23 April 2008

How to Learn and Remember Anything

The mind remembers things--anything--best when the items to be learned are presented to the mind according to a particular schedule of "re-minding." This has been known for many decades. A computer program called "Supermemo" helps to organise information for proper presentation scheduling, according to this 100 year old + theory of learning.
SuperMemo is based on the insight that there is an ideal moment to practice what you've learned. Practice too soon and you waste your time. Practice too late and you've forgotten the material and have to relearn it. The right time to practice is just at the moment you're about to forget. Unfortunately, this moment is different for every person and each bit of information. Imagine a pile of thousands of flash cards. Somewhere in this pile are the ones you should be practicing right now. Which are they?

Fortunately, human forgetting follows a pattern. We forget exponentially. A graph of our likelihood of getting the correct answer on a quiz sweeps quickly downward over time and then levels off. This pattern has long been known to cognitive psychology, but it has been difficult to put to practical use. It's too complex for us to employ with our naked brains.

Twenty years ago, Wozniak realized that computers could easily calculate the moment of forgetting if he could discover the right algorithm. SuperMemo is the result of his research. It predicts the future state of a person's memory and schedules information reviews at the optimal time. The effect is striking. Users can seal huge quantities of vocabulary into their brains.

...Our capacity to learn is amazingly large. But optimal learning demands a kind of rational control over ourselves that does not come easily. Even the basic demand for regularity can be daunting. If you skip a few days, the spacing effect, with its steady march of sealing knowledge in memory, begins to lose its force. Progress limps. When it comes to increasing intelligence, our brain is up to the task and our technology is up to the task. The problem lies in our temperament....You must clarify your goals, gain knowledge through spaced repetition, preserve health, work steadily, minimize stress, refuse interruption, and never resist sleep when tired. This should lead to radically improved intelligence and creativity. The only cost: turning your back on every convention of social life. It is a severe prescription. Wired__via__kurzweilai.net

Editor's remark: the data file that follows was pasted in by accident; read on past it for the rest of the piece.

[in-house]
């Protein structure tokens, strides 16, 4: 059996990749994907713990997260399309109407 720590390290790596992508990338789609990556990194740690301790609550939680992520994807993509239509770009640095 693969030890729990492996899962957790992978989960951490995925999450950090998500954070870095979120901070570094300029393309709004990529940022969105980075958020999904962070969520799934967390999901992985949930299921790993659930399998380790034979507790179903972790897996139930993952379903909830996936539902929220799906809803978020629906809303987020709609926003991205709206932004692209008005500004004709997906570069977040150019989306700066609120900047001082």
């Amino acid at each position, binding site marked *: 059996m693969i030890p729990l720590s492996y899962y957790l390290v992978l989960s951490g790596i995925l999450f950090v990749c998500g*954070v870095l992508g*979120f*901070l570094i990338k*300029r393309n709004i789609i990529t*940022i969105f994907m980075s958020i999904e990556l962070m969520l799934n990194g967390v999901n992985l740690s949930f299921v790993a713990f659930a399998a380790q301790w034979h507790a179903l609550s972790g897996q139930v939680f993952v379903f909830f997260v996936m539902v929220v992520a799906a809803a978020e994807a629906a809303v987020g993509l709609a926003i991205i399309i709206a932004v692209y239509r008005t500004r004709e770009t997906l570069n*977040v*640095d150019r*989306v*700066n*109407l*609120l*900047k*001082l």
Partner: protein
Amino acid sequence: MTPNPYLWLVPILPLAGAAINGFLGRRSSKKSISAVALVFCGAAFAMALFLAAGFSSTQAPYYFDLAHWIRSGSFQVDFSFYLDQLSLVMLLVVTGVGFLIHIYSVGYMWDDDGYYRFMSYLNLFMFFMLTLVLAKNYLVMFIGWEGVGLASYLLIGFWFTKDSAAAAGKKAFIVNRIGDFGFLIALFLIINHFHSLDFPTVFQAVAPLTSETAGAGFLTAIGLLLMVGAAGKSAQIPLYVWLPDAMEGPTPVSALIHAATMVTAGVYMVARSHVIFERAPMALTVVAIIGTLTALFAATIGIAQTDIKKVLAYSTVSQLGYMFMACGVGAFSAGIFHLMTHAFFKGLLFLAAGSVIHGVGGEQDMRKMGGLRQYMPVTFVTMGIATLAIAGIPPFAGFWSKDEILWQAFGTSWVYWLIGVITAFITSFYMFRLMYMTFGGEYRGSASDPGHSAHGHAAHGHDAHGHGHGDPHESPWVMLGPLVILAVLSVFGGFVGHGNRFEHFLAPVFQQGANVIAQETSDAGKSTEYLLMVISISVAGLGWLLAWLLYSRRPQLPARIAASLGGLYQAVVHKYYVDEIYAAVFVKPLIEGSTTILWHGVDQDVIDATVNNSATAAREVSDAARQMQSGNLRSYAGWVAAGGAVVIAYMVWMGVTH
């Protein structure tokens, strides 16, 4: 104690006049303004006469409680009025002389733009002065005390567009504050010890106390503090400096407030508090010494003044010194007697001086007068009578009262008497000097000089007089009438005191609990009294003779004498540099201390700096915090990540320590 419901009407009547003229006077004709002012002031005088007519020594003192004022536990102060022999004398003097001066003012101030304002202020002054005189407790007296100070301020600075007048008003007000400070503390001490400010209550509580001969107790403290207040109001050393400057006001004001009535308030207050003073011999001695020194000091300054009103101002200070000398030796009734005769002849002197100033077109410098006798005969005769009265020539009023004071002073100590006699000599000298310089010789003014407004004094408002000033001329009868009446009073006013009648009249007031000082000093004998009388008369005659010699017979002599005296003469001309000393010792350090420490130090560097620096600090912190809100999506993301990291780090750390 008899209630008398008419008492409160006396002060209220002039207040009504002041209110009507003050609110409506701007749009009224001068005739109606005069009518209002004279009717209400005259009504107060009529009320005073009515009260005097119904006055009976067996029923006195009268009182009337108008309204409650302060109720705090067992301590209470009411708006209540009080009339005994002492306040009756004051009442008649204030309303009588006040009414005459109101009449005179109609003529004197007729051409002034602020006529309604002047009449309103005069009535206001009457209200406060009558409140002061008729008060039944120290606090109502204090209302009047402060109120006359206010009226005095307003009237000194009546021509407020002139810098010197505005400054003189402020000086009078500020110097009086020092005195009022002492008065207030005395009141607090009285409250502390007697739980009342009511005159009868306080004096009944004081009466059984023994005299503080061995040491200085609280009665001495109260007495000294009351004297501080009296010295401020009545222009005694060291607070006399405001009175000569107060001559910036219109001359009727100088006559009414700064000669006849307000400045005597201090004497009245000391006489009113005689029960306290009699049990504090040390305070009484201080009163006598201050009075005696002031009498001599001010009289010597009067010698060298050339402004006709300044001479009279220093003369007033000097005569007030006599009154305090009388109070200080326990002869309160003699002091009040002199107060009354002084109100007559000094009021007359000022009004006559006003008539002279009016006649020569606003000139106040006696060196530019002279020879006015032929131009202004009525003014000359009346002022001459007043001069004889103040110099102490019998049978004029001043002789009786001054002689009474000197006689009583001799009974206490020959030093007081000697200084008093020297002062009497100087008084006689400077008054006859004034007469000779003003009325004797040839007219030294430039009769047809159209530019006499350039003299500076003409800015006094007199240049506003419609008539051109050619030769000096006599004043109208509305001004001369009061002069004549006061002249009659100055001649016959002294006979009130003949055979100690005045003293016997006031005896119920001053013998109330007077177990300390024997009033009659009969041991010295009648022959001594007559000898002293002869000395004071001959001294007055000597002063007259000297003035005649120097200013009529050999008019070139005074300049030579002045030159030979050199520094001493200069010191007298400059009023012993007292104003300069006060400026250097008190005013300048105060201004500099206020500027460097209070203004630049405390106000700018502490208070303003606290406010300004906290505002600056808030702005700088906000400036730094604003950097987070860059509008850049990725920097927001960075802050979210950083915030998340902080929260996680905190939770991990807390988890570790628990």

More information about Supermemo here.

Supermemo is just one of twelve mind hacks presented by Wired at this webpage.

Of course, everyone will not be able to learn and remember everything. Each person has his limits. But in a world where educational systems seem more concerned about proper political indoctrination and orientation than in teaching students to use their minds, approaches to learning that actually work are most welcome.

Why do the schools not try to copy the brains natural methods of learning and remembering better? Many reasons, I suspect. Foremost among them is sheer incompetence on the part of those who teach the teachers. University schools of education are staffed by the ideologically correct, who seem intellectually inadequate to prepare the next generation of teachers to help future generations of students grow up to face a more challenging world.

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Blogger Dennis Mangan said...

Thanks for posting that, Supermemo looks like something I'll be using. Reading about it on their website, what struck me was just how few of us place learning high on our list of values. We just have to go our own way.

Wednesday, 23 April, 2008  
Blogger al fin said...

Good luck! I have used a method similar to that with good results--when I could remember to remind myself.

Wednesday, 23 April, 2008  

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